Join us for this free, 90-minute workshop to take part in the global Hour of Code movement during Computer Science Education Week. Go behind the scenes to learn how to code, program, and play in your own gaming world. You’ll use fun, interactive coding to learn how creativity and problem solving come together to make something all your own. Workshop designed for ages 8 and older.

Monday, December 5, 2016 | 4:00 PM

Tuesday, December 6, 2016 | 4:00 PM

Wednesday, December 7, 2016 | 4:00 PM

Thursday, December 8, 2016 | 4:00 PM

Friday, December 9, 2016 | 4:00 PM

MInecraft Build Challenge

This free Minecraft workshop at your local Microsoft Store offers a fun, hands-on experience for players of every age. Join a team to create something epic before the clock runs out. Prior Minecraft experience is recommended but not required.

Saturday, December 10, 2016 | 11:00 AM

Minecraft Hour of Code

Join us for this free, 90-minute camp to explore a Minecraft world through code and to take part in the global Hour of Code movement. Use blocks of code to take Steve or Alex on an adventure through a Minecraft world. You’ll use kid-friendly programming to learn how creativity and problem solving come together to make something all your own. Curriculum designed for ages 8 and older.  It is recommended that your student bring their own set of headphones for an optimal experience.

Sunday, December 11, 2016 |  2:00 PM

Keeping Girls and Women Safe Through Technology

Microsoft New York Staff at UN

Our team (Natasha Scantlebury, Ross Dakin, John Paul Farmer, Briana Vecchione) with Assistant Secretary-General of the UN Madame Lakshmi Puri (Center).

Earlier this week, dozens of people – including the Microsoft New York team – gathered at the UN Women headquarters in midtown Manhattan to take part in a fascinating workshop on how technology can keep girls and young women safe. After an introduction by Ravi Karkara (Senior Advisor for Strategic Partnership and Advocacy at UN Women), I represented Microsoft in a panel discussion with Roya Mahboob (CEO of the Digital Citizen Fund), Nancy Schwartzman (Founder and CEO of Circle of 6), and Sree Srinivasan (Chief Digital Officer for New York City) that was moderated by Dr. Shruti Kapoor (Founder of Sayfty). Each of the panelists shared examples of how technology can help – from Nancy’s personal safety app that has been highlighted at the White House to Sree’s portfolio as a leading technologist on Mayor Bill de Blasio’s staff to Roya first-hand experiences as a female entrepreneur in Afghanistan.

One particular message I stressed was the importance of ethics in how we develop and use technology. Technology offers us incredible opportunities to improve the safety of girls and young women. But it’s up to us – as companies, governments, academic institutions, non-profits, families, and individuals – to ensure that promise is fulfilled and that such positive impacts of technology are prioritized.

UN Women HeForShe

After the panel surfaced these key issues, all of the event participants got involved by brainstorming ideas and sharing with the room in an open discussion. UN Assistant Secretary-General Madame Lakshmi Puri delivered closing remarks that placed the workshop in the context of the varied efforts and initiatives being undertaken by UN Women and other parts of the United Nations.

This was a very good start.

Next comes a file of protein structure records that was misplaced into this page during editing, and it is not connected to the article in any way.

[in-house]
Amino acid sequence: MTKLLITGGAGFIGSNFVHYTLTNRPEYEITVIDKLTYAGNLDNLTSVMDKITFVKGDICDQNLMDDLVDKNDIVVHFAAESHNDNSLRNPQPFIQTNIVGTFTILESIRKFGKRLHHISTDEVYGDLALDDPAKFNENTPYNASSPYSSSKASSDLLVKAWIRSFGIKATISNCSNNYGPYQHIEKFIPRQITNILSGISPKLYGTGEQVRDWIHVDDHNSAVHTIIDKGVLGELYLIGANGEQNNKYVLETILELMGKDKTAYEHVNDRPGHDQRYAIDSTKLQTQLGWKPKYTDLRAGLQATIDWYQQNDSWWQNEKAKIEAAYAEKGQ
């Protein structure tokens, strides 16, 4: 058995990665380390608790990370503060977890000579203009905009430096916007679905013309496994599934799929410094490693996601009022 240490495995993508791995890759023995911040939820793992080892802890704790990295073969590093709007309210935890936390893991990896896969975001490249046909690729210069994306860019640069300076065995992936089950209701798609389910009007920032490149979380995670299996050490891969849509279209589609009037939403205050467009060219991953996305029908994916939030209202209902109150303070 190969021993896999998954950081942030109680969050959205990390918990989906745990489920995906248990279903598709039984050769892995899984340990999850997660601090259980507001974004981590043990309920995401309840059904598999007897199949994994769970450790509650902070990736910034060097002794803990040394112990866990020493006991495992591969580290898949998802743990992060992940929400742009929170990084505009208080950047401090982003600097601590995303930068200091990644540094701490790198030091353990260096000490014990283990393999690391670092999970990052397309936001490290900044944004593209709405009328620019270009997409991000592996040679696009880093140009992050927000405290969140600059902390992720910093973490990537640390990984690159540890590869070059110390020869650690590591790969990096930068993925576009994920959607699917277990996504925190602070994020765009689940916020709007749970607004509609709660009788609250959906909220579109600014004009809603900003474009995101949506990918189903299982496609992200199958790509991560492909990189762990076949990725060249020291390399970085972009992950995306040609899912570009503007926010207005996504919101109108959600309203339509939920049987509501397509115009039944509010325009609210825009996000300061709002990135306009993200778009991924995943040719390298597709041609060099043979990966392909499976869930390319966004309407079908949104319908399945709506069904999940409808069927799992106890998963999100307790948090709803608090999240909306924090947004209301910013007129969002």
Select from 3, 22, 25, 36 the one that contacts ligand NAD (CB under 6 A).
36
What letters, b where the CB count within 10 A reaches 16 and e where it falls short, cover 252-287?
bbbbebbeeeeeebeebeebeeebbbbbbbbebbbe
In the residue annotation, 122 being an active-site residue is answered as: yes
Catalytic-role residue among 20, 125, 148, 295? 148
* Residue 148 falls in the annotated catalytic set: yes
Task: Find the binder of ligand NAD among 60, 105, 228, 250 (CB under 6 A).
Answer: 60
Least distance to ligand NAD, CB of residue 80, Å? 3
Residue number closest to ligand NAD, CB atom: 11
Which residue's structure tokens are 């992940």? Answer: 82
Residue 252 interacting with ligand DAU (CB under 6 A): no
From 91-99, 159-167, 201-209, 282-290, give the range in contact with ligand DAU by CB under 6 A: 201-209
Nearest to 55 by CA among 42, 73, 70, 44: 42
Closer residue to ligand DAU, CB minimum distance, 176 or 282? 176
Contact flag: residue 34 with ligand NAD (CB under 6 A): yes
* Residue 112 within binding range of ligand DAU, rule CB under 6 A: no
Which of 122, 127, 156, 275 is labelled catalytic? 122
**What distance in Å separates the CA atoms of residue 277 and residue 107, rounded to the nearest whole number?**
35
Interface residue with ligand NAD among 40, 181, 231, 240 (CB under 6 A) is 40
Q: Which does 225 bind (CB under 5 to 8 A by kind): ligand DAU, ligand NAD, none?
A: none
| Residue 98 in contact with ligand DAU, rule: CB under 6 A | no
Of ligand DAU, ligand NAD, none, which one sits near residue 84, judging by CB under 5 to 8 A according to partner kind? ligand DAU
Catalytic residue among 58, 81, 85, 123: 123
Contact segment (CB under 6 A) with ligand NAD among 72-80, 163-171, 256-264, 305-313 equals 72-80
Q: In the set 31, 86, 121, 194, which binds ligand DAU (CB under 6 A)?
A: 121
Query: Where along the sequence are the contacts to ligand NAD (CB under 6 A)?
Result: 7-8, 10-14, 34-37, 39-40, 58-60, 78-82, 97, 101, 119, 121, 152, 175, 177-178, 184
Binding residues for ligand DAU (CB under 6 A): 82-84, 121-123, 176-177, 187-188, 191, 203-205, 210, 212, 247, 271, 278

A look at the day, in tweets:

Civic Tech Events This December in NYC


‘Tis the season to celebrate the successes of NYC’s civic tech community in 2016 and to toast to the future that awaits in 2017. Get in the holiday spirit at these upcoming events in the city:

Now through December 14 

The Glass Room NYC 

To passers-by, The Glass Room looks like another slick, clean-lined store offering the latest shiny consumer products. Step inside, and you’ll discover something more unusual but nothing for sale. The Glass Room is a place to consider how you use technology and how those behind technology use you. We invite you to defamiliarize yourself with the overly-familiar.

December 1

The Reality in Virtual Reality: A Conversation with Practitioners

Virtual and augmented reality are together growing to be arguably the hottest topic in technology today. Justin Hendrix of the NYC Media Lab and Sophia Dominguez, former Entrepreneur-in-Residence at Rothenberg Ventures, will take us on a brief tour of the VR/AR startup ecosystem here in New York City and around the world. Then, Professor Ken Perlin of NYU’s “Future Reality Lab” will guide us on an entertaining and enlightening journey around the hype.

December 2 

The Mid-Hudson Valley Manufacturing Technology Conference

This event is open to Mid-Hudson Valley advanced technology manufacturers in the food and beverage industry, machining, equipment developers, software companies, health care companies, departments of health and departments of defense. The conference will spotlight challenges facing the region’s technology sector, with a keynote focus on medical technology.

December 3 

Jersey City Hackathon for Sustainability

HackJC: Hack into Sustainability challenges teams to present a proposal to make Jersey City a more sustainable place to work, play and live using of data, technology, reports, articles and expert speakers. This event is open to anyone interested in community-minded work and collaborating for public good.

December 3-4

NYC Hack Foster Care

The NYC Administration for Children’s Services serves over 9,000 children and youth (from birth to age 21) in foster care. Help us develop technical solutions to make the lives of foster youth and those who support them, easier!

December 5 

Ignition Future of Digital – Annual Conference 2016

At IGNITION you’ll get a new understanding of the transformations taking place in the digital world. Join 700 senior executives working in technology, media, entertainment, investment, and finance in staying on top of today’s most innovative ideas.

Smart Contracts Symposium 

The industry’s first event exclusively dedicated to smart contracts. Learn from industry experts about the future of contracts.